Sociologist’s theory of home-grown Canadian ethnicity draws national attention


Rhoda Howard-Hassmann isn't willing to embrace the long-accepted tradition that Canadians should celebrate their ancestral ethnic roots rather than their national ties.

In the current issue of Canadian Public Policy, the McMaster sociology professor argues that Canada's long-standing obsession with multicultural diversity has steered citizens away from accepting, and celebrating, a home-grown, Canadian ethnicity.

The theoretically based article, called “Canadians as an Ethnic Category,” refutes traditional sociological theories that promote and encourage a celebration of the ethnicity of ancestors over Canadian ethnicity.

“It really is a controversial stance to take in academia,” Howard-Hassmann says. “The common belief remains that you should be from somewhere else, not Canada. I think that's wrong.”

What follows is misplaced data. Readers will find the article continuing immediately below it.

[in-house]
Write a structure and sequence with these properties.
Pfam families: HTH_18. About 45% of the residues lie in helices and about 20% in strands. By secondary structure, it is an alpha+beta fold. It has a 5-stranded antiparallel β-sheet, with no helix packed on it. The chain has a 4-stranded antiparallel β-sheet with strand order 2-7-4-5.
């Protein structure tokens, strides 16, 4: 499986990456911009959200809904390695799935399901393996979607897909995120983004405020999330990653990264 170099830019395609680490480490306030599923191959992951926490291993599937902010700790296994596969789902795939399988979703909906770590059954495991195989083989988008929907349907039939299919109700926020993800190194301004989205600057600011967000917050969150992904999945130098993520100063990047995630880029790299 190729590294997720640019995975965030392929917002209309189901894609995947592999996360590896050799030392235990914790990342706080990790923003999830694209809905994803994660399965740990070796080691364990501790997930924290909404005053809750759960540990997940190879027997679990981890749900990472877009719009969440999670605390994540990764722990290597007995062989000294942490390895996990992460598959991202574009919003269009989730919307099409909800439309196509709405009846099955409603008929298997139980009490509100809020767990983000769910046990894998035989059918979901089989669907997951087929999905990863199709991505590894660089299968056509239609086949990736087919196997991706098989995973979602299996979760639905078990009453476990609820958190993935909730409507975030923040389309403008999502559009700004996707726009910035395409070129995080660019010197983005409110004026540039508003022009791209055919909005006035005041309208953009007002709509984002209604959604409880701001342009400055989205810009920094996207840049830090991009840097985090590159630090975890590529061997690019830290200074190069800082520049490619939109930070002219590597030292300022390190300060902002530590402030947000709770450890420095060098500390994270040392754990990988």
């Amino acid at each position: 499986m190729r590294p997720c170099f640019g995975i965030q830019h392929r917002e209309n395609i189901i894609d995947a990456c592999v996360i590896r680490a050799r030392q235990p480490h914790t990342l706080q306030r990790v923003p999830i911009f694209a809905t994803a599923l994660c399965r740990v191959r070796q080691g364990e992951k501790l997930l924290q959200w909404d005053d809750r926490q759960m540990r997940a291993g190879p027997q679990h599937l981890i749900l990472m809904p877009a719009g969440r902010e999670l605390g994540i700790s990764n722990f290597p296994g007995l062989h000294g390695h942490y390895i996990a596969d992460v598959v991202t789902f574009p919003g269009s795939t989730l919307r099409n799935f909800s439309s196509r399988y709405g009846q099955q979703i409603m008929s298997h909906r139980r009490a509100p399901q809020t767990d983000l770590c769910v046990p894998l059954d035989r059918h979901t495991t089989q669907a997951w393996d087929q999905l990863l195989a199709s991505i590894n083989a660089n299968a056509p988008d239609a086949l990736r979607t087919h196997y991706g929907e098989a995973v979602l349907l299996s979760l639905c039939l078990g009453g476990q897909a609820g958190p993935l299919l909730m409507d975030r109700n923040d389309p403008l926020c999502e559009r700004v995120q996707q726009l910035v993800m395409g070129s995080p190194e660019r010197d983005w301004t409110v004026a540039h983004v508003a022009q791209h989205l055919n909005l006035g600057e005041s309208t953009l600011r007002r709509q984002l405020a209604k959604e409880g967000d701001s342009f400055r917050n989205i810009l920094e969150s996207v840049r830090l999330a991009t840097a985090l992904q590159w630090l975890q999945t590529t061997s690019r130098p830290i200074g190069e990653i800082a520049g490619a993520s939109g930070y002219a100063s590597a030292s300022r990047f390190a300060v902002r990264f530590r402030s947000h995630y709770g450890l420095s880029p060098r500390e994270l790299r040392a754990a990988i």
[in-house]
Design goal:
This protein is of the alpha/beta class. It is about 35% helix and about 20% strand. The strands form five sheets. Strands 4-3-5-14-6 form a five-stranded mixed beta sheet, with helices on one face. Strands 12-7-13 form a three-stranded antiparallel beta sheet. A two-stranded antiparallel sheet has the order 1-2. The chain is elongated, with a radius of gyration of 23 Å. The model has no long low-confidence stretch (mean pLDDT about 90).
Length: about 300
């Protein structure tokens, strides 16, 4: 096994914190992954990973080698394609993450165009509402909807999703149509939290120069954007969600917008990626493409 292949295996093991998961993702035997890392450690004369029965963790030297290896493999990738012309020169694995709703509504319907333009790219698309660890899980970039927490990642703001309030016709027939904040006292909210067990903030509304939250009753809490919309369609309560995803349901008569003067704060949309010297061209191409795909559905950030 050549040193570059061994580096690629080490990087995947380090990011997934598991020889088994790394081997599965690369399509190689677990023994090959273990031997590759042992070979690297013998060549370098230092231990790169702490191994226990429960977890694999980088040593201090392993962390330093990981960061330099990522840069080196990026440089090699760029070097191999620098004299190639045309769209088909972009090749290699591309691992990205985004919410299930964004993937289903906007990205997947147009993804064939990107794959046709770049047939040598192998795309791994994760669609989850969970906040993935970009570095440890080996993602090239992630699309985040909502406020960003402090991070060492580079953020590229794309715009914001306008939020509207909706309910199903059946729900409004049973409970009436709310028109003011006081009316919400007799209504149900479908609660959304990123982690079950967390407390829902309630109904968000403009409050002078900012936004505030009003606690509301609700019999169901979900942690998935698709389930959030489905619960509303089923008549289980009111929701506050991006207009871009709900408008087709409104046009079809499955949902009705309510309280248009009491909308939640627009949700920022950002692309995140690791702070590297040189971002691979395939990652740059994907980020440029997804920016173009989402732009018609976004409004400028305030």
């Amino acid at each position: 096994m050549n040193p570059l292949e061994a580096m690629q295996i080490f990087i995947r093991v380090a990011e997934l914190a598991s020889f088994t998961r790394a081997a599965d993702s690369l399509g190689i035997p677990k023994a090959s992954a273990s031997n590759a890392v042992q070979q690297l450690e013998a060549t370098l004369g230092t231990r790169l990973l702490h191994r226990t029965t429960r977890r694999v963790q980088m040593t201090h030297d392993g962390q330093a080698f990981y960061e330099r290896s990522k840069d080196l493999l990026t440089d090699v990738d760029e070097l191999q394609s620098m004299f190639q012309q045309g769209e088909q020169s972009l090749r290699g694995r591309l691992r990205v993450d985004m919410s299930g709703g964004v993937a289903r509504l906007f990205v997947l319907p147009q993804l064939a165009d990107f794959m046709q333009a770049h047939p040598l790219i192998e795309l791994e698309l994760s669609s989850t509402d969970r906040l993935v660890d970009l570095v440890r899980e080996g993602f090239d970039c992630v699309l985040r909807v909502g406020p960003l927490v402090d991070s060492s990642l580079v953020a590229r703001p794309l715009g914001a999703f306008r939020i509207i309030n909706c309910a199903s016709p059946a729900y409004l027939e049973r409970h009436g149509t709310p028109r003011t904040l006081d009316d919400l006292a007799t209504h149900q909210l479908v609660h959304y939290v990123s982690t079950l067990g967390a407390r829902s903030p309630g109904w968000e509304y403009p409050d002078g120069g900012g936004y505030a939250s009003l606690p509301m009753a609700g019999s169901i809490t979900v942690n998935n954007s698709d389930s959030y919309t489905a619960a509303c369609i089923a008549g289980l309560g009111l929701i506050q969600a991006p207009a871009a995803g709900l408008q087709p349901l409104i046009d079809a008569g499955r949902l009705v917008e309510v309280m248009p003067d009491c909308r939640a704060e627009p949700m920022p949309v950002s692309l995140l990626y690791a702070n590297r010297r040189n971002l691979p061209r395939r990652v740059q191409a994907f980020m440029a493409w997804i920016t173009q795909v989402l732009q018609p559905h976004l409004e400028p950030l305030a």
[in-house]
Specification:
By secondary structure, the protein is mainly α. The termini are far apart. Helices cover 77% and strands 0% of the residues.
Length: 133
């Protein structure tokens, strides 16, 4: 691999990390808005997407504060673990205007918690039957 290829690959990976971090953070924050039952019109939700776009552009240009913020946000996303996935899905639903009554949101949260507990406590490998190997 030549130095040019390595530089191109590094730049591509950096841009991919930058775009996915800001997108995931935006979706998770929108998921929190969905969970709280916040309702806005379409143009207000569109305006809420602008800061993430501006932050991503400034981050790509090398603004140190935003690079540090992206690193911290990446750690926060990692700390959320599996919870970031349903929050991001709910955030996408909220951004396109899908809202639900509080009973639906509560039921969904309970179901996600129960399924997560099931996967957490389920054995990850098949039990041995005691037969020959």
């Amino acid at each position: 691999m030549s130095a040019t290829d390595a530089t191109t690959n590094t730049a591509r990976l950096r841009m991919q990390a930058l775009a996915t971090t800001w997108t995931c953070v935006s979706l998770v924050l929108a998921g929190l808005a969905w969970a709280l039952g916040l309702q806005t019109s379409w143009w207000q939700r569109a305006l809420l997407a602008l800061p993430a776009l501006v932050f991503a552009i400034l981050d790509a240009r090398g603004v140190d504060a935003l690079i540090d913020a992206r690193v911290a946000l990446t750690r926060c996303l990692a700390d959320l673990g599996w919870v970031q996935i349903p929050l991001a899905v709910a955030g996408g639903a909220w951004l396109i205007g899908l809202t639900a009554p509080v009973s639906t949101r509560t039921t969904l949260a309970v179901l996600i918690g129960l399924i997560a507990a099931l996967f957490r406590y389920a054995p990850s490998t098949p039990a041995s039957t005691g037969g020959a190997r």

She believes citizens, regardless of ancestral background, can claim to be ethnic Canadians, bound by a common language, history, lifestyle and territory. But governmental promotion of a multicultural policy and the fear of being branded as a racist have steered people away from a nationalist stance.

“Multiculturalism is good, but I think it should be limited to personal choice,” says Howard-Hassman. “You shouldn't be forced into claim to be something by anyone.”

Her article was publicized on the front page of the National Post on Jan.28. Since then, she has been besieged with interview requests from media across the country.